Styling Curly Hair for More Business
by Michelle Breyer on Thursday, September 1, 2011
Styled at The Damn Salon
With many women trading damaged, flat-ironed hair for more natural curls or textured ‘dos, a growing number of stylists are now focusing on curly-haired clients and their different styling needs.
Learning about styling curly hair not only brings you new business, but can also keep your chair full during down seasons. With so many products and tools to choose from, we break down some of the most popular ways to break into this niche and to keep your business booming.
Education is Key
Stylists across the country are beginning to recognize the growing trend for textured looks, which has prompted an increase in education. Classes can be found across the country, the most prominent coming from New York’s Deva certification classes, which can last anywhere from one to three days, that trains stylists on the art of dry cutting, the no shampoo method, coloring, and styling curly hair. Ouidad also has a New York certification and aids in promoting a newly certified stylists through their extensive email database of curlies.
If you don’t want to commit to just one brand, there are several ways to gain more knowledge on the art of styling curly hair. NaturallyCurly.com hosts “Texture!” each year at ABS Chicago, drawing hundreds of stylists who have the opportunity to ask questions and watch demonstrations from the biggest names in textured tresses.
Attending beauty trade shows can be the biggest bang for your buck in terms of education with curl-friendly product lines such as Ouidad, Hair Rules, As I am, Jane Carter Solution, Tigi and Mizani showcasing the latest techniques for curls and kinks. These shows are also a great place to catch up on valuable business tips. Premiere Orlando hosts over 50 classes dedicated to building your business as a stylist and salon owner during the three-day convention.
Meetup groups are also an invaluable educational opportunity for both consumers and stylists. One of the largest natural hair meet-up groups comes together in the Dallas area, with over 1,600 curlies looking for advice and education on styling curly hair. Meetups are also great marketing tools, especially for stylists who want to help women transition to natural hair. They have the opportunity to show off their skills to a highly engaged audience.
Getting the Word Out
More stylists and salon owners are finding unique ways to promote their curl expertise through social media, meet-ups, and salon events. With over 500 million active users on Facebook, companies, such as Schedulicity, are helping stylists and salon owners fill their appointment books through their business pages.
Social media can be an especially powerful way for stylists to get new clients. Teresa DeLorenzo of Mademoiselle Salon & Spa in Haverford, PA. says online reviews and word of mouth are her main form of recruiting business.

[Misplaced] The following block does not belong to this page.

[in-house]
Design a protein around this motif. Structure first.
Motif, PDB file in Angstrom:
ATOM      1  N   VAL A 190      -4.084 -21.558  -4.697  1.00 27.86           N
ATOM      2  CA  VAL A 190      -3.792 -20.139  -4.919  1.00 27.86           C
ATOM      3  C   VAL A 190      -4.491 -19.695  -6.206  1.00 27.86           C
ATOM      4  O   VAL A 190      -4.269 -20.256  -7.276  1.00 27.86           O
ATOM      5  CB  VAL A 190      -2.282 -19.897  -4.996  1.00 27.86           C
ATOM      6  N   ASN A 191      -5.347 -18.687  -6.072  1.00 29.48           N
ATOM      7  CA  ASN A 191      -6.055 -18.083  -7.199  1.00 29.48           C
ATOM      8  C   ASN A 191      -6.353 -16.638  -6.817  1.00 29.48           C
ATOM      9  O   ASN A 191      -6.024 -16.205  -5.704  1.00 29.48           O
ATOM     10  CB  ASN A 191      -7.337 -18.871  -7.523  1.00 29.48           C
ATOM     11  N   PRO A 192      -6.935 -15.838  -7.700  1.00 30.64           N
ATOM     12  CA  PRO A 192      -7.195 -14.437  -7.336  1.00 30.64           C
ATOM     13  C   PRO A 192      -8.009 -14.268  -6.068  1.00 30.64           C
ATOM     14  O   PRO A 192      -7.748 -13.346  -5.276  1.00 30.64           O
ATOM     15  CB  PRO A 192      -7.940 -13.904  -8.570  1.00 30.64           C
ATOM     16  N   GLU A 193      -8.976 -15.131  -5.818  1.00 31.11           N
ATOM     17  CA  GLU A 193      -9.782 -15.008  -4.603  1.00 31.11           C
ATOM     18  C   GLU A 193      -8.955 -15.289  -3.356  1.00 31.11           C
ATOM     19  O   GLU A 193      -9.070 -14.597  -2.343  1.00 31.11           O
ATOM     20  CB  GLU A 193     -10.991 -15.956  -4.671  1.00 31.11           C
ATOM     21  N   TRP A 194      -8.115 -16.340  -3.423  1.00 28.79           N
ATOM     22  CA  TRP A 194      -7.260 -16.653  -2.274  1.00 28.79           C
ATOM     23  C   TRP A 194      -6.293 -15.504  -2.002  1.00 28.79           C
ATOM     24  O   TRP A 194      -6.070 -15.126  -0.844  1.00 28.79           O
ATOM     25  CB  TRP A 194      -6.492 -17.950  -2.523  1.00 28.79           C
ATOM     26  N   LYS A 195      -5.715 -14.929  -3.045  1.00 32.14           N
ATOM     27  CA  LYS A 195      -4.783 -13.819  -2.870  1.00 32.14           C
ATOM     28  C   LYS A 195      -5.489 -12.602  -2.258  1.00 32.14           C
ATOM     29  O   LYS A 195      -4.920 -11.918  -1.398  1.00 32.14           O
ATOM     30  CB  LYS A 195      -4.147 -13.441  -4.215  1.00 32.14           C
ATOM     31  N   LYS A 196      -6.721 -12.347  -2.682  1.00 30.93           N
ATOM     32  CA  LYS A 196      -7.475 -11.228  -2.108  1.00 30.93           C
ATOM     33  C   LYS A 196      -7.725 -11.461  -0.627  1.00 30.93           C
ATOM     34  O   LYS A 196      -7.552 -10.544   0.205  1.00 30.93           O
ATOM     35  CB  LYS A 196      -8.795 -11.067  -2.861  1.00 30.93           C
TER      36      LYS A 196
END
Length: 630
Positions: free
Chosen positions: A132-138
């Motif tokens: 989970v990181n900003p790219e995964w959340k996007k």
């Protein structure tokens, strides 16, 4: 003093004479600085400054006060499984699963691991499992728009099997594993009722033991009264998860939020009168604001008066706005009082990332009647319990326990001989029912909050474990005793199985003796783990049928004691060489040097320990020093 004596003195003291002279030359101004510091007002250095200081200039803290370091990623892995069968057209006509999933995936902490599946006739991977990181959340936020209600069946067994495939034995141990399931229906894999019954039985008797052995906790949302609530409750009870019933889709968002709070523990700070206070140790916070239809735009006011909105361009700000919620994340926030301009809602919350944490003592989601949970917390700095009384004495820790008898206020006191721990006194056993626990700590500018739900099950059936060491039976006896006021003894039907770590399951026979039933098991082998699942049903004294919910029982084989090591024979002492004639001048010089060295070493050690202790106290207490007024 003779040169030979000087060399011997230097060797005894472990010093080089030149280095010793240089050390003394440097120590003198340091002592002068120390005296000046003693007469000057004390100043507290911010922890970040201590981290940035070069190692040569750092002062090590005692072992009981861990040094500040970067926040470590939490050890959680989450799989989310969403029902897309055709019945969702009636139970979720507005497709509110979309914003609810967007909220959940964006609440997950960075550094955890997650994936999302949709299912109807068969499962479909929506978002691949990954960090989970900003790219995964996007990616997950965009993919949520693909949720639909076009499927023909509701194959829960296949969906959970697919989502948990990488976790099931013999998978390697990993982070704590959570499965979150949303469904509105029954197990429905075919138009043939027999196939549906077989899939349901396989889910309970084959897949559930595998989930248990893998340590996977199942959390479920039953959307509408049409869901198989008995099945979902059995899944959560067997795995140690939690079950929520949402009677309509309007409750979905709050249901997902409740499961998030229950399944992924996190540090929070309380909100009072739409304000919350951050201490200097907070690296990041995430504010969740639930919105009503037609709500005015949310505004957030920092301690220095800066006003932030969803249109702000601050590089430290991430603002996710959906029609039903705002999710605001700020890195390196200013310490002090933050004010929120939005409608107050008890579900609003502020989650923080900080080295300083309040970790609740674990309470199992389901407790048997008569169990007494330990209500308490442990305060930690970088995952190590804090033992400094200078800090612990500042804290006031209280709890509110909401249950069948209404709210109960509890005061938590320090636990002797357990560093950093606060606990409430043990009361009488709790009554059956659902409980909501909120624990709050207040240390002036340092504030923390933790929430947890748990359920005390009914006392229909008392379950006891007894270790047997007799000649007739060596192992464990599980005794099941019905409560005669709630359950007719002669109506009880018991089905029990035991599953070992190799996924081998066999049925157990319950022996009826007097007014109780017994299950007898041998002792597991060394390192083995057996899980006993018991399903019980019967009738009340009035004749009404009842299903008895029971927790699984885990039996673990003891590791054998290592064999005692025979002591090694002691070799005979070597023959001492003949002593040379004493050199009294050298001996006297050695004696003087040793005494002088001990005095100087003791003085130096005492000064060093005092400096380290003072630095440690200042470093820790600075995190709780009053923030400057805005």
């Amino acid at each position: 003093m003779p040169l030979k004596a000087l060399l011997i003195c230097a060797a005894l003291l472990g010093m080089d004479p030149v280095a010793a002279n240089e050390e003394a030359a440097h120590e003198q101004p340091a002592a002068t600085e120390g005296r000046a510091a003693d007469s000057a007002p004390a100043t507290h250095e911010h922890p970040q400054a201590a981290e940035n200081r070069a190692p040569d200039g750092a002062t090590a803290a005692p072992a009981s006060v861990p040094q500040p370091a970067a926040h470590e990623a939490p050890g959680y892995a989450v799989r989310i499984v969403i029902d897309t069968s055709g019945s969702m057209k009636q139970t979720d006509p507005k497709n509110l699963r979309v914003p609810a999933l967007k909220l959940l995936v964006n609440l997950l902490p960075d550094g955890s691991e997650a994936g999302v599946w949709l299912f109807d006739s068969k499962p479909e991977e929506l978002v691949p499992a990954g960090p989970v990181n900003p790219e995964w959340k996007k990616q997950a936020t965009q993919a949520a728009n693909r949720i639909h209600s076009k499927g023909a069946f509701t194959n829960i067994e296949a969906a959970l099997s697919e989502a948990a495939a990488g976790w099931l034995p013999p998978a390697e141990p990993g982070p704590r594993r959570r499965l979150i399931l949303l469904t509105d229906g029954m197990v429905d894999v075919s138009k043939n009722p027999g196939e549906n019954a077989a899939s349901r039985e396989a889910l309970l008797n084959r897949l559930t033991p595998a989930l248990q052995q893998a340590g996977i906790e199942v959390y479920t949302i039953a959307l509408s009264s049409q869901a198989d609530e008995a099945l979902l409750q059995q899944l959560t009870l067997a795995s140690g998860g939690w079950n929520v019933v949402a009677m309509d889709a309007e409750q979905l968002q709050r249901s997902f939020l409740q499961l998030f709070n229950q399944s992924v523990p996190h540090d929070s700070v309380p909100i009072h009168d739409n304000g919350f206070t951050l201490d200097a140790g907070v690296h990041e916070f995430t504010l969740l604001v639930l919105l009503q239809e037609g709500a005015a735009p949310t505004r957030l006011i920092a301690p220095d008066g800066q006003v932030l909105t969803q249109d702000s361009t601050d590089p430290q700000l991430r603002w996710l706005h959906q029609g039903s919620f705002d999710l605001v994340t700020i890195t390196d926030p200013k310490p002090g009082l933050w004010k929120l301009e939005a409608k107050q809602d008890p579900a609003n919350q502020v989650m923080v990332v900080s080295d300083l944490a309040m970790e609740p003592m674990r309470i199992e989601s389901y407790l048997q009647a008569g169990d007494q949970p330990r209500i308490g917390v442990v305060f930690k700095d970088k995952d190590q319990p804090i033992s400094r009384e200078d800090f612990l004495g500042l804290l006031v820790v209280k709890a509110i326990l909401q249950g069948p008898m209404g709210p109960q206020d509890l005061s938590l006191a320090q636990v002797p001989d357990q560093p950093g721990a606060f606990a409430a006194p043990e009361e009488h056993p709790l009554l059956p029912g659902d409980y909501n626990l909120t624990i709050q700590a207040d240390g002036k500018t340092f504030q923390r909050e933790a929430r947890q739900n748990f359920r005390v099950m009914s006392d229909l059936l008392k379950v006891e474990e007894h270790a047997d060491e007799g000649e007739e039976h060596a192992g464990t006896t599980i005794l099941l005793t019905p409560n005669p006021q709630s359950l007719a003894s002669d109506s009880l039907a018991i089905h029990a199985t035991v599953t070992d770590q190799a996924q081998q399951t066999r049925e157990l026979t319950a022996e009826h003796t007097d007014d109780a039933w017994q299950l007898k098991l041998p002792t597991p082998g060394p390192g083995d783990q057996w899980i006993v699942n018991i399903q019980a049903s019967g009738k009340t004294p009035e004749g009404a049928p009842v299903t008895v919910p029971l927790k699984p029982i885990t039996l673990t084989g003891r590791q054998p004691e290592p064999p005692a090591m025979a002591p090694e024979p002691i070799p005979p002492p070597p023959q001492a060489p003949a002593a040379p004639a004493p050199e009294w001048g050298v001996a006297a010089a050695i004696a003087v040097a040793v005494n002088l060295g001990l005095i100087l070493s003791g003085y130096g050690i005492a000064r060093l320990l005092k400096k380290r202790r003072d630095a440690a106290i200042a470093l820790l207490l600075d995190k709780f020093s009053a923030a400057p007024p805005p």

“Having curly hair is like a cult,” she says. “Two curly-haired women meet and right away they start talking about who does their hair.”
Here are examples of how some stylists have taken advantage of styling curly hair to keep their chairs full:
Niche: The Power of the Deva Cut
Capella Salon, Studio City, Calif.
Training: Honed curl techniques on his own and trained with Lorraine Massey from Devachan Salon
Background: Since starting in the business fifteen years ago, Amiel has noticed how hard it is for curly-haired clients to find someone skilled in styling curly hair. Over half of Amiel’s clientele has curly or textured hair, and he says adding the curl department has definitely increased retail sales in the salon. “I never really planned on specializing in curly hair, but over the years it just kind of happened,” he adds. “It’s just been a fun ride.”
“So many women with curly hair have been getting bad haircuts as a result of cutting curly hair wet and in big sections,” says Amiel. “I end up fixing many hair disasters by other so called ‘curl specialists.’”
He’s become known as the “curl doctor” and invited Lorraine Massey, author of “Curly Girl: The Handbook,” and Deva product creator to train Capella Salon’s team.
How he Markets His Salon: Amiel also teamed up with Massey to create Charity: Water, an organization committed to bringing clean drinking water to developing countries. The project kicked off at Capella Salon’s Curls Night Out, where stylists demonstrated techniques for styling curly hair, and clients enjoyed wine, champagne, and desserts. Massey was on hand during the event to sign books and answer curly questions. To spread the word of the event, Shai used Facebook and NaturallyCurly.com to ensure that all of the area curlies were invited. The raffle at Curls Night Out raised almost $800 for charity: water.
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